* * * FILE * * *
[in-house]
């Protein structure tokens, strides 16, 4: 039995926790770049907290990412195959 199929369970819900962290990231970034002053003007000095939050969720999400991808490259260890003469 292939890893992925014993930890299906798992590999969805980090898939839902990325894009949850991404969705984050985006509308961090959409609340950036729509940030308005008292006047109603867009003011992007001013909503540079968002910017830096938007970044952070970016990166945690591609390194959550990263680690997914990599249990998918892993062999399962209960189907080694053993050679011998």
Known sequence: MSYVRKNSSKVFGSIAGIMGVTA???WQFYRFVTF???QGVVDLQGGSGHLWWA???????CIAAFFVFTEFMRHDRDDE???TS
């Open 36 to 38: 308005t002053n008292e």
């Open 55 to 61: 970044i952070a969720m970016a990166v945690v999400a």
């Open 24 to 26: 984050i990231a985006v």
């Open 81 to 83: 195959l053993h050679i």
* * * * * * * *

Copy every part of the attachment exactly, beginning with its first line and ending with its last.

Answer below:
[in-house]
């Protein structure tokens, strides 16, 4: 039995926790770049907290990412195959 199929369970819900962290990231970034002053003007000095939050969720999400991808490259260890003469 292939890893992925014993930890299906798992590999969805980090898939839902990325894009949850991404969705984050985006509308961090959409609340950036729509940030308005008292006047109603867009003011992007001013909503540079968002910017830096938007970044952070970016990166945690591609390194959550990263680690997914990599249990998918892993062999399962209960189907080694053993050679011998």
Known sequence: MSYVRKNSSKVFGSIAGIMGVTA???WQFYRFVTF???QGVVDLQGGSGHLWWA???????CIAAFFVFTEFMRHDRDDE???TS
């Open 36 to 38: 308005t002053n008292e």
């Open 55 to 61: 970044i952070a969720m970016a990166v945690v999400a």
């Open 24 to 26: 984050i990231a985006v």
């Open 81 to 83: 195959l053993h050679i």